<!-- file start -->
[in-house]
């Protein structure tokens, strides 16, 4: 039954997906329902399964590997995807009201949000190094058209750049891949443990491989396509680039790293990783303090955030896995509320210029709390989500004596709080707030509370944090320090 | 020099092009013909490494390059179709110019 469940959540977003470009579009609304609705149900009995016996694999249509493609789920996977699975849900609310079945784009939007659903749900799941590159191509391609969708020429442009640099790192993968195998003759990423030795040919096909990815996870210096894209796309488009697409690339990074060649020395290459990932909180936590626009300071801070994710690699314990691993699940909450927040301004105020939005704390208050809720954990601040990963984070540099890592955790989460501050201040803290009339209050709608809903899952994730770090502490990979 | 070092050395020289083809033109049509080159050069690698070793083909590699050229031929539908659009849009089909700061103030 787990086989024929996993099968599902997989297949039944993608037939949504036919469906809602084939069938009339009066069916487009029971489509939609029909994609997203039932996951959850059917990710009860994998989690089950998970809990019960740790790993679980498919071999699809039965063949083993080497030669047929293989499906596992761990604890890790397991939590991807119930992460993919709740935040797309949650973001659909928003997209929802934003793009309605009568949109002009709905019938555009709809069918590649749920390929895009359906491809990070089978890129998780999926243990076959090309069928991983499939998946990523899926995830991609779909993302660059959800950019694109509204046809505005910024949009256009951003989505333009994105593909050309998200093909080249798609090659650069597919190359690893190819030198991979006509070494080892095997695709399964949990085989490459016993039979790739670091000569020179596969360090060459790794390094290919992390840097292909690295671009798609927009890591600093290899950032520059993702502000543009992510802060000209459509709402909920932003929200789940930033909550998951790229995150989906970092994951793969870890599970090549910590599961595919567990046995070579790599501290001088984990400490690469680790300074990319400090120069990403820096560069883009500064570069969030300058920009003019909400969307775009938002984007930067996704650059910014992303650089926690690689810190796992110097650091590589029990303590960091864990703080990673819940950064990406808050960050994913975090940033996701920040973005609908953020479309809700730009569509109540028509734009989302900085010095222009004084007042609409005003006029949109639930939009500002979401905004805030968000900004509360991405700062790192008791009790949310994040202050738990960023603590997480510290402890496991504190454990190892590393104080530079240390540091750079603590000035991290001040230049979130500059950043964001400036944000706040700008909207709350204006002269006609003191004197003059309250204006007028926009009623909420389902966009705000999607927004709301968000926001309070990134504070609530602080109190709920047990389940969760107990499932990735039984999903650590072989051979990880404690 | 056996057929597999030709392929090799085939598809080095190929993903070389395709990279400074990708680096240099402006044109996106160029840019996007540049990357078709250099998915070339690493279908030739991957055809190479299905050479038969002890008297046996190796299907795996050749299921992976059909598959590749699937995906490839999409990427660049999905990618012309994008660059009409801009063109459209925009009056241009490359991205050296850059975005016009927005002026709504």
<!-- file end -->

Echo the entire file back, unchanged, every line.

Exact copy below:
[in-house]
């Protein structure tokens, strides 16, 4: 039954997906329902399964590997995807009201949000190094058209750049891949443990491989396509680039790293990783303090955030896995509320210029709390989500004596709080707030509370944090320090 | 020099092009013909490494390059179709110019 469940959540977003470009579009609304609705149900009995016996694999249509493609789920996977699975849900609310079945784009939007659903749900799941590159191509391609969708020429442009640099790192993968195998003759990423030795040919096909990815996870210096894209796309488009697409690339990074060649020395290459990932909180936590626009300071801070994710690699314990691993699940909450927040301004105020939005704390208050809720954990601040990963984070540099890592955790989460501050201040803290009339209050709608809903899952994730770090502490990979 | 070092050395020289083809033109049509080159050069690698070793083909590699050229031929539908659009849009089909700061103030 787990086989024929996993099968599902997989297949039944993608037939949504036919469906809602084939069938009339009066069916487009029971489509939609029909994609997203039932996951959850059917990710009860994998989690089950998970809990019960740790790993679980498919071999699809039965063949083993080497030669047929293989499906596992761990604890890790397991939590991807119930992460993919709740935040797309949650973001659909928003997209929802934003793009309605009568949109002009709905019938555009709809069918590649749920390929895009359906491809990070089978890129998780999926243990076959090309069928991983499939998946990523899926995830991609779909993302660059959800950019694109509204046809505005910024949009256009951003989505333009994105593909050309998200093909080249798609090659650069597919190359690893190819030198991979006509070494080892095997695709399964949990085989490459016993039979790739670091000569020179596969360090060459790794390094290919992390840097292909690295671009798609927009890591600093290899950032520059993702502000543009992510802060000209459509709402909920932003929200789940930033909550998951790229995150989906970092994951793969870890599970090549910590599961595919567990046995070579790599501290001088984990400490690469680790300074990319400090120069990403820096560069883009500064570069969030300058920009003019909400969307775009938002984007930067996704650059910014992303650089926690690689810190796992110097650091590589029990303590960091864990703080990673819940950064990406808050960050994913975090940033996701920040973005609908953020479309809700730009569509109540028509734009989302900085010095222009004084007042609409005003006029949109639930939009500002979401905004805030968000900004509360991405700062790192008791009790949310994040202050738990960023603590997480510290402890496991504190454990190892590393104080530079240390540091750079603590000035991290001040230049979130500059950043964001400036944000706040700008909207709350204006002269006609003191004197003059309250204006007028926009009623909420389902966009705000999607927004709301968000926001309070990134504070609530602080109190709920047990389940969760107990499932990735039984999903650590072989051979990880404690 | 056996057929597999030709392929090799085939598809080095190929993903070389395709990279400074990708680096240099402006044109996106160029840019996007540049990357078709250099998915070339690493279908030739991957055809190479299905050479038969002890008297046996190796299907795996050749299921992976059909598959590749699937995906490839999409990427660049999905990618012309994008660059009409801009063109459209925009009056241009490359991205050296850059975005016009927005002026709504």